A Don Quixote Moment

kinnon —  December 6, 2005 — 1 Comment

CervantesFirst let me confess, I’ve never read Cervantes’ Don Quixote or seen the movie-musical, The Man of LaMancha. However, the link I posted yesterday to Honda UK’s The Power of Dreams with its hilarious yet somehow moving “music video” set to the movie theme song – triggered this post from Ed Brenegar: The Power of Dreams and the Journey of Longing. Ed dream weaves three stories into an understanding of leadership:

The films are the recent trilogy, the Lord of the Rings, the musical, Man of La Mancha and, the classic The Wizard of Oz. In each, the central characters are driven by their longing for some place or some purpose beyond themselves. It is powerful and compelling. And each are worthy to be revisited in reflection upon this theme

Don Quixote is a story that speaks to Roy Williams, as well:

I have endured much questioning about The Quixote Collection at Tuscan Hall. People say, “Wasn’t Don Quixote a delusional madman and a laughingstock? Why would you be taken with such a one?”

Here is my answer. As long as Don Quixote’s heart was filled with Dulcinea he overcame impossible odds. It was only after his friends convinced him Dulcinea did not exist that his heart shriveled within him.

Each of us needs Dulcinea, a sense of mission and purpose. For without it, there can be no adventure.

These two writings are connected in no other way than my having read both of them. Perhaps you might enjoy connecting them, too. (And they seem to fit with the theme from Roy Williams’ Memo from this week )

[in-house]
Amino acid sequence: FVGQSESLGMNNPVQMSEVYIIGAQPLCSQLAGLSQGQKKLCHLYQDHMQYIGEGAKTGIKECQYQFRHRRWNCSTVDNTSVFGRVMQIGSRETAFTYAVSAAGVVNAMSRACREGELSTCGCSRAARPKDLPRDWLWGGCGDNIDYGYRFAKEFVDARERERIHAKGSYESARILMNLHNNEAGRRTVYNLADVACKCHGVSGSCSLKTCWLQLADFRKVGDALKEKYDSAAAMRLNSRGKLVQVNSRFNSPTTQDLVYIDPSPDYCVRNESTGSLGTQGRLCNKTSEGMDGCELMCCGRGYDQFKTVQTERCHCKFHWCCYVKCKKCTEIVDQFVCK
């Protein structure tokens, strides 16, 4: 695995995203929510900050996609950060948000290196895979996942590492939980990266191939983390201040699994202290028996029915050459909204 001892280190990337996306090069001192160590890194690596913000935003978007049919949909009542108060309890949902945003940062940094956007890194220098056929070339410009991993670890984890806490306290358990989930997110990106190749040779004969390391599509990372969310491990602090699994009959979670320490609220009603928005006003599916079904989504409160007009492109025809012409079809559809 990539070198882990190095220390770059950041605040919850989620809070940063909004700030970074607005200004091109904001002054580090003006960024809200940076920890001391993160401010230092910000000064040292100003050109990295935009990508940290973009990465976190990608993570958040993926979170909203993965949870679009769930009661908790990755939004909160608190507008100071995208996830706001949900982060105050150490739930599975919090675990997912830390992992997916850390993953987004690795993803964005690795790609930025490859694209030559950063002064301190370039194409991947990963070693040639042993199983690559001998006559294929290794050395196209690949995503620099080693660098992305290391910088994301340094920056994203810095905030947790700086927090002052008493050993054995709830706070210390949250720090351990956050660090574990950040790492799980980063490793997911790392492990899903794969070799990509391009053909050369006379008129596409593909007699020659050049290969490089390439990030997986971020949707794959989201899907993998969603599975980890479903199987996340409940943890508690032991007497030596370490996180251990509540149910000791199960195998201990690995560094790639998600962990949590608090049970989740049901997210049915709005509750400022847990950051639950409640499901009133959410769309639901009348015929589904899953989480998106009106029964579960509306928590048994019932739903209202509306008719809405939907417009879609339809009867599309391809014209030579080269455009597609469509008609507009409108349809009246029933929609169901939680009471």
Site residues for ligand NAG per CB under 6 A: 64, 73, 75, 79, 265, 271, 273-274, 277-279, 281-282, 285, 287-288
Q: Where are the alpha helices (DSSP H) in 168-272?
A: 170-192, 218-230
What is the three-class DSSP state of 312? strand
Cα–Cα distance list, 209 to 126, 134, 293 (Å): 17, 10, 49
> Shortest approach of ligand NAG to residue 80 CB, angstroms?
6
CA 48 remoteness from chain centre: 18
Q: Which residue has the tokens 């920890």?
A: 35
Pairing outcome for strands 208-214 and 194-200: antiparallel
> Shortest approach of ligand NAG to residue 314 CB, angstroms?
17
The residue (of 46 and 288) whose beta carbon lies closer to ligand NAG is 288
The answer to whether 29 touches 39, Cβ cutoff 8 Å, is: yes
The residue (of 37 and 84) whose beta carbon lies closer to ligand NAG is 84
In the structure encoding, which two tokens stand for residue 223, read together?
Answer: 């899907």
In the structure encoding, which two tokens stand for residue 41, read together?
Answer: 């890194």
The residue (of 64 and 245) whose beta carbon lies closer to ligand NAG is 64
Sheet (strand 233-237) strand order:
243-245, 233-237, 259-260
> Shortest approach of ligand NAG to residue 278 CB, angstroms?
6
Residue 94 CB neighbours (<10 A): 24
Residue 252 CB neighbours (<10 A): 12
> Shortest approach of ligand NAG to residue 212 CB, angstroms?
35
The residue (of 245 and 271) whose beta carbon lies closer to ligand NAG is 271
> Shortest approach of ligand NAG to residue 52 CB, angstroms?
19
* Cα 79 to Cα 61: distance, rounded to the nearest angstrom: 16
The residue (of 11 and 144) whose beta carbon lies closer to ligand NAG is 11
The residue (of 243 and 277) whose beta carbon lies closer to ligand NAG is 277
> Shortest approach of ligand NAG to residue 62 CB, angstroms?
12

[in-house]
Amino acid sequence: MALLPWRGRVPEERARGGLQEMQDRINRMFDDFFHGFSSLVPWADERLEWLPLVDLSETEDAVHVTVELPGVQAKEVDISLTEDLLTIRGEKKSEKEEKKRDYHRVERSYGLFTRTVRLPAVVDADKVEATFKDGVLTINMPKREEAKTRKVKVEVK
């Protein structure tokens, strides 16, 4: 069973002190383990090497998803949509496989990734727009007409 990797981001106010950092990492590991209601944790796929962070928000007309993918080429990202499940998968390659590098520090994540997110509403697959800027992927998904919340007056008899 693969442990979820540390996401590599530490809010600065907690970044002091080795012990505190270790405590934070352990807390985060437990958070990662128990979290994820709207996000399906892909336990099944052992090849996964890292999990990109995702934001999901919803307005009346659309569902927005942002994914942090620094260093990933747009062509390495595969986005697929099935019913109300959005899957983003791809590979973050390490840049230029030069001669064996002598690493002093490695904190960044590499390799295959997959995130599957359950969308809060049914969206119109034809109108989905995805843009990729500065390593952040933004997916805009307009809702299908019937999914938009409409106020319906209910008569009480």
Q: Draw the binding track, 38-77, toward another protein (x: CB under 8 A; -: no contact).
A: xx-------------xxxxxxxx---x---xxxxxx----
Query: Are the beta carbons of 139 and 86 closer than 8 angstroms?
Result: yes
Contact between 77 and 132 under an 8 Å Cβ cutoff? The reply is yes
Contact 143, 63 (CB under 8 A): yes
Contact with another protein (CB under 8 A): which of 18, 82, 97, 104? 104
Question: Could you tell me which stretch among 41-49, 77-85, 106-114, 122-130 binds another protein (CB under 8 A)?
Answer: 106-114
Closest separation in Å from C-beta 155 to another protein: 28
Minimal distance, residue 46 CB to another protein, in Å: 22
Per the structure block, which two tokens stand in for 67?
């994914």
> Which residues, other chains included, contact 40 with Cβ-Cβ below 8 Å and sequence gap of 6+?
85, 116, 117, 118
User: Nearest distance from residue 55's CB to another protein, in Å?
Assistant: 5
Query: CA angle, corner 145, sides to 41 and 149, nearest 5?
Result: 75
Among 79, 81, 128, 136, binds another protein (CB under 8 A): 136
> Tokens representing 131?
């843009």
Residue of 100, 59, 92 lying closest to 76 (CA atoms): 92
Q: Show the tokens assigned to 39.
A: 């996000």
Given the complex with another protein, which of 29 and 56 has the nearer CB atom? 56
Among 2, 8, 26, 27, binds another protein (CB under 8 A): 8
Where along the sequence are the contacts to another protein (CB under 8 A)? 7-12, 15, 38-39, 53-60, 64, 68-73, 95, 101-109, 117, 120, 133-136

Ed’s post.
Roy’s Quixote Memo.

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A television editor, writer & director since 1978. A Christian since 1982. More than a little frustrated with the Church in the West since late in the last millennium.

One response to A Don Quixote Moment

  1. My friend Tom Morris set me off on Don Quixote this summer. He read it and commented that it really is a great story. I had not read it. I must confess that while in college I had Picasso’s Don Quixote print on my dorm room wall. I’ve begun to read the book. I think he is quite rational as a moral man in an immoral world. What I believe the cynics hate about him is that here is a man who by genuine Christian faith seeks to be a moral force within his world, and refuses to look at people apart from their inherent goodness as a child of God. So, his Dulcinea is not what he longs for, but he longs for a world where the Aldonsa’s do not lose their inner Dulcinea. It is as powerful story as you can find anywhere. Rent the movie.
    One note: in my posting, the link to the music CD of both Man of La Mancha and Wizard of Oz are soundtracks with dialogue included. It makes me think that we should all have a soundtrack to accompany our conversations during the day. How cool would that be!


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